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Jordan has long been a geographical area where Creative Commons has looked to expand (you can read about our Jordan-specific jurisdiction work here) – as such, recent news about the promotion of CC, the public domain, and an increased spirit of sharing in Jordan is inspiring.
Two UK artists, Eileen Simpson and Ben White of the Open Music Archive, have been traveling throughout Jordan for the past 6 months, advocating for the establishment of a ‘CC Jordan’ as a means for local artists to “freely collaborate without harsh licensing restrictions”. To Simpson and White, CC licences would act as a means to promote authors, artists, filmmakers, and musicians across the country with Simpson stating, “if we weren’t allowed to refer back to previous works, to walk down the path of others, we would just be lost, and the creative community will be stifled.” From TechNewsWorld:
In an effort to highlight the importance of a diverse and vibrant public domain, Simpson and White spent the last six months attempting to sample old Jordanian films and musical works whose copyrights have expired, an experiment to work within restrictions imposed by international and local trademark and copyright laws.
Unable to find archived material that is now completely accessible in the public domain, they turned to the Jordan Academy of Music, which collected folk songs from the Kingdom for the 2002 celebration of Amman as Arab Cultural Capital. As the recordings are from the shared community and have no accredited author, the folk songs are a part of the public domain and therefore are not owned or controlled by anyone and are considered as “public property.”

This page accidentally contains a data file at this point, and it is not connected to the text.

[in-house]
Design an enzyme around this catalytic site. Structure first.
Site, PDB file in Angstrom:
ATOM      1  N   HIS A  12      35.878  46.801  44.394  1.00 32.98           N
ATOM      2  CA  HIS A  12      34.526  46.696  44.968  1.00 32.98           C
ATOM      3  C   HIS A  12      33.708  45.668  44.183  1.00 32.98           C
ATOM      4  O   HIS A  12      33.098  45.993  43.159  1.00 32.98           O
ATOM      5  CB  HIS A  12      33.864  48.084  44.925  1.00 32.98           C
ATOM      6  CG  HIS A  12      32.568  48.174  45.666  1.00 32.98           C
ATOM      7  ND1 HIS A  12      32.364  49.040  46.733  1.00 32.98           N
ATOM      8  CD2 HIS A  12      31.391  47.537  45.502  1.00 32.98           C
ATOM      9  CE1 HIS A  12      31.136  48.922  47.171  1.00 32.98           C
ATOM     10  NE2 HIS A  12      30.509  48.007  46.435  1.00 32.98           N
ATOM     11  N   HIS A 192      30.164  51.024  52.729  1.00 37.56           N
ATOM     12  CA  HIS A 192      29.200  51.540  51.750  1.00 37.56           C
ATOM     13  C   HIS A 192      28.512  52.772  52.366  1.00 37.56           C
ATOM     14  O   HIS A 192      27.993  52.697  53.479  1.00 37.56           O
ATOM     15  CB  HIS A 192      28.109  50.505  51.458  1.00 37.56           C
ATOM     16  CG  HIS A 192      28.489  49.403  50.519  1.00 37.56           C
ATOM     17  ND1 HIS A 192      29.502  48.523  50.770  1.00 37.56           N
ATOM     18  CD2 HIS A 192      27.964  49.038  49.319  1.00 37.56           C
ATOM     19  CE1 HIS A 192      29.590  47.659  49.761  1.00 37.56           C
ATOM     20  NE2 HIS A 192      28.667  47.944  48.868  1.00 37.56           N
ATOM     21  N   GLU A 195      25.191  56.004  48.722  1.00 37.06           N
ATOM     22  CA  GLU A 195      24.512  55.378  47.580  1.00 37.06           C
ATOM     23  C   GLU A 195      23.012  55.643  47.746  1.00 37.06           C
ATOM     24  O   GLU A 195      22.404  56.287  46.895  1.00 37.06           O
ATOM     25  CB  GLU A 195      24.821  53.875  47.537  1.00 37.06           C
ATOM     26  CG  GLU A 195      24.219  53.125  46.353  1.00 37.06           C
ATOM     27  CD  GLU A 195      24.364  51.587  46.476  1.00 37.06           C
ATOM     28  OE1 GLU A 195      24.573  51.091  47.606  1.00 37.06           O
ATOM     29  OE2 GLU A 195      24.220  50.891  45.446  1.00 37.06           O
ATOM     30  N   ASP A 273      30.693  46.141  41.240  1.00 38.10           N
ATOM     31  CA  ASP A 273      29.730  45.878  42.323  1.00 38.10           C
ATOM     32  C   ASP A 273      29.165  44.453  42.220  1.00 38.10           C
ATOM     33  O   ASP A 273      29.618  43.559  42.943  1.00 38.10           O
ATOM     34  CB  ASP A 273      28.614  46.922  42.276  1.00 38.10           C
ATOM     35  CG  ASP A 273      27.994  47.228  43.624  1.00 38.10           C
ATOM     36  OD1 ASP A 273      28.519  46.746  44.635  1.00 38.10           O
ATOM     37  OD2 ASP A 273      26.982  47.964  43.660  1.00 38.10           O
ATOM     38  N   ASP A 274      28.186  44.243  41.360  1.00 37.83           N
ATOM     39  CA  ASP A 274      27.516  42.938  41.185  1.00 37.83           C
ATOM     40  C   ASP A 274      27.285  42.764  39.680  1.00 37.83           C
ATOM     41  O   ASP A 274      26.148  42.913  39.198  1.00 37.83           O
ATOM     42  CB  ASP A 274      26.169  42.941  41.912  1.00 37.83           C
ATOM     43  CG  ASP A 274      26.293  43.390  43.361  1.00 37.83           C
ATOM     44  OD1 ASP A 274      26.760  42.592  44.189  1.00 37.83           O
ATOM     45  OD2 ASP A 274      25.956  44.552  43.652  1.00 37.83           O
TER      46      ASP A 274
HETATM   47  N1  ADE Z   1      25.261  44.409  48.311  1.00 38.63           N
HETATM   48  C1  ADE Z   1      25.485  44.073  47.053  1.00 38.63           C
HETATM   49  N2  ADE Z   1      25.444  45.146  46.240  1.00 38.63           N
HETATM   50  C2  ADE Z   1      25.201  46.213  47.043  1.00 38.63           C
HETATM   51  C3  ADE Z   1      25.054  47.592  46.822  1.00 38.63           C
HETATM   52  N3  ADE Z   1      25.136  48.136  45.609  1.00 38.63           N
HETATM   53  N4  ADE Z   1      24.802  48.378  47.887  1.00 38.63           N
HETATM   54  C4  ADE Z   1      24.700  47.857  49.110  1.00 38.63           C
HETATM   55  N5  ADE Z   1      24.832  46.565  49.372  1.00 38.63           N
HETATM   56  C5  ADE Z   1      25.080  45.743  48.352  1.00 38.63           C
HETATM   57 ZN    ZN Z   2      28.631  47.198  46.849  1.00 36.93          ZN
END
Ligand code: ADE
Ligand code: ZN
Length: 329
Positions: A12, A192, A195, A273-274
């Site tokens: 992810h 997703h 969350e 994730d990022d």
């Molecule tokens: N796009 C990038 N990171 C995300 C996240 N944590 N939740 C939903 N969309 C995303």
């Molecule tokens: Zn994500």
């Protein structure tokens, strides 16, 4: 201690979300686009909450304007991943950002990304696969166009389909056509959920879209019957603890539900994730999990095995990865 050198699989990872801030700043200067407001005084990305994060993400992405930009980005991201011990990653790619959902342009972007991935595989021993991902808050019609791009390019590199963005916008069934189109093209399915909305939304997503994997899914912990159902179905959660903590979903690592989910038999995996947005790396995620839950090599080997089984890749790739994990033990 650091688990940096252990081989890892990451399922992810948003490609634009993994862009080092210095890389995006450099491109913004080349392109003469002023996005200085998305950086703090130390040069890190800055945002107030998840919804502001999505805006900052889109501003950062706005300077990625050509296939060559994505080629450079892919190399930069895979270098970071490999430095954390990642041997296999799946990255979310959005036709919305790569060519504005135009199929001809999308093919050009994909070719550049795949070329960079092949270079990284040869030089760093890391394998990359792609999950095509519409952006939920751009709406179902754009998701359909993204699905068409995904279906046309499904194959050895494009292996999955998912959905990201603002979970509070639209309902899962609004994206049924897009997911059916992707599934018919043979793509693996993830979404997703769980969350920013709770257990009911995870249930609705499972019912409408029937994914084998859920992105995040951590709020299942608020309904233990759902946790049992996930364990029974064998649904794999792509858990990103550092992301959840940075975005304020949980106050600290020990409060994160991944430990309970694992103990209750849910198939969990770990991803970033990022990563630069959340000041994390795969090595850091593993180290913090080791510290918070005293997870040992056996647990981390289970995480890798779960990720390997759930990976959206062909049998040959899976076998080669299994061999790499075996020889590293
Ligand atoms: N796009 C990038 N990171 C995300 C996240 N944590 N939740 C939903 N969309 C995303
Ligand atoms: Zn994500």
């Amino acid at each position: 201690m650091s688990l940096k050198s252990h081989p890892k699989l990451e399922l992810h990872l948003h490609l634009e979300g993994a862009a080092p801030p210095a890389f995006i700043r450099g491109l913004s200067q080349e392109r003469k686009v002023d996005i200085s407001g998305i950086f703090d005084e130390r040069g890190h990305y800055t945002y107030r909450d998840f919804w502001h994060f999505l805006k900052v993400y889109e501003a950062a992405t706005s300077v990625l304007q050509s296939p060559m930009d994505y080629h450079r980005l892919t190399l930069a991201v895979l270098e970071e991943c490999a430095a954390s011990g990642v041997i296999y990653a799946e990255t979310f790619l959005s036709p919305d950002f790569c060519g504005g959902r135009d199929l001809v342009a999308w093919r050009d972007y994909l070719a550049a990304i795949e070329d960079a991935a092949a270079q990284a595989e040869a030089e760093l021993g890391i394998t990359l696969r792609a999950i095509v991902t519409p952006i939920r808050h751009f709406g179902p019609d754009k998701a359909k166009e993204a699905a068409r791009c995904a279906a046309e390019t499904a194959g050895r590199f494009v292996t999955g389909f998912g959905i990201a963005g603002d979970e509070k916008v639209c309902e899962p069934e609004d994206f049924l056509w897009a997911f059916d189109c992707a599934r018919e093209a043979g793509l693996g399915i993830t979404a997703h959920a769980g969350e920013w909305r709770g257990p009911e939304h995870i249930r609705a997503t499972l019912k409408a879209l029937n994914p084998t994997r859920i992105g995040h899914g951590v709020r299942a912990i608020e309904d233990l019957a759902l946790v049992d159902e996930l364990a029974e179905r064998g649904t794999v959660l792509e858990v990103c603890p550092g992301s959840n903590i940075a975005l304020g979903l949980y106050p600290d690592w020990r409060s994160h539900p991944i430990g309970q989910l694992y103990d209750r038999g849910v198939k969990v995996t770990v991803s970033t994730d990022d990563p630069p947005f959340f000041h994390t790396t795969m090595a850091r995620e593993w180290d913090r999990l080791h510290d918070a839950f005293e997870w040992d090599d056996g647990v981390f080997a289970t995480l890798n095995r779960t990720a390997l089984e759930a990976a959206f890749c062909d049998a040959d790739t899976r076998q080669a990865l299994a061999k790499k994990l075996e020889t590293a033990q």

Simpson and White plan on taking the songs and remixing them with local artists, updating the ballads and encouraging artists to explore the music further. “We all build on the creativity of others, and we should be able to build on others’ work in a fair manner,” Simpson told The Jordan Times […] “The whole concept passes on the spirit of sharing, which in a creative community is important to do,” she said, adding that legally allowing creative collaboration would curb intellectual property rights violations.
The article also touches on the amazing work of Abu-Ghazaleh Intellectual Property who we have been working with in an effort to port CC licences to Jordan and the rest of the Arab world.Posted 16 June 2008